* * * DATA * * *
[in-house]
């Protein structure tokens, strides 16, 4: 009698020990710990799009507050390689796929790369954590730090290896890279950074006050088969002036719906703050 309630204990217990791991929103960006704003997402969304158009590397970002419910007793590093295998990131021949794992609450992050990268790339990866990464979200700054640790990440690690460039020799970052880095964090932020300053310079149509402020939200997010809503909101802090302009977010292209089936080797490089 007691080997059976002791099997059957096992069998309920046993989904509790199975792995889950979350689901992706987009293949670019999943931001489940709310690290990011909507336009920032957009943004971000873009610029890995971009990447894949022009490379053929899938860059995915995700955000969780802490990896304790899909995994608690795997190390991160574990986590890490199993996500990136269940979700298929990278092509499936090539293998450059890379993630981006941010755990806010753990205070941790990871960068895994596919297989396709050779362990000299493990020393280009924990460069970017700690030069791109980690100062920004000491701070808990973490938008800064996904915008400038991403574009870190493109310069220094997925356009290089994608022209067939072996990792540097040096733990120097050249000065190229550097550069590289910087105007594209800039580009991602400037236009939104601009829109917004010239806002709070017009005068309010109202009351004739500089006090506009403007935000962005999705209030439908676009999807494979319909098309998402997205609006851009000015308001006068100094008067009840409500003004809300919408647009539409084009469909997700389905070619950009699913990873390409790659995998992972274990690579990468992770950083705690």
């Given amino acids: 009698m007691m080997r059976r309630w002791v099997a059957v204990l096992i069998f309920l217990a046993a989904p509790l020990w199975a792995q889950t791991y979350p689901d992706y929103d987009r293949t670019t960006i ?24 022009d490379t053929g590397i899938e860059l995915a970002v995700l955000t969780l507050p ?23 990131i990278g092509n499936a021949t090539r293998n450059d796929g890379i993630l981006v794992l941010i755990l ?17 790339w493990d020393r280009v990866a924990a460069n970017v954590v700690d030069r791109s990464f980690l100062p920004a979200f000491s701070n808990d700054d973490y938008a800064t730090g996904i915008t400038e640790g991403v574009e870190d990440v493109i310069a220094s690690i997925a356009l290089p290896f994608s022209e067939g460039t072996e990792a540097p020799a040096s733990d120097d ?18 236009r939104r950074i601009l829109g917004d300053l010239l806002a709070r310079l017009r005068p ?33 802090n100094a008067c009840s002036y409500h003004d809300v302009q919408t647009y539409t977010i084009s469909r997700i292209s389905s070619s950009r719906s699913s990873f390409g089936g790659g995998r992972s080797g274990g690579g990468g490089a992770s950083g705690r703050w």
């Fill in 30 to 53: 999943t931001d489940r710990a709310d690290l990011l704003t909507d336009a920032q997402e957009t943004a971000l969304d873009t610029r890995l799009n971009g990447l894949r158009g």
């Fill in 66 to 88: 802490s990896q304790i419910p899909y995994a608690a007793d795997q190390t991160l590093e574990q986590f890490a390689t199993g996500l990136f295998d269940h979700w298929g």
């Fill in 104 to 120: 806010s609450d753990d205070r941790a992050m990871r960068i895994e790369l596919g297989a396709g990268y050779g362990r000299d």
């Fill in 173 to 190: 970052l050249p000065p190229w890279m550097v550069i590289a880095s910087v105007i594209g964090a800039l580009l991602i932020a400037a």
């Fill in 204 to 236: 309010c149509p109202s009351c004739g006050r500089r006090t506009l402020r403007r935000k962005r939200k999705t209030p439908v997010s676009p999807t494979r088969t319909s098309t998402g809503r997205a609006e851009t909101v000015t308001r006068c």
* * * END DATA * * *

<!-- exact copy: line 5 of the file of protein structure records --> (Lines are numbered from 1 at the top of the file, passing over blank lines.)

């Fill in 66 to 88: 802490s990896q304790i419910p899909y995994a608690a007793d795997q190390t991160l590093e574990q986590f890490a390689t199993g996500l990136f295998d269940h979700w298929g």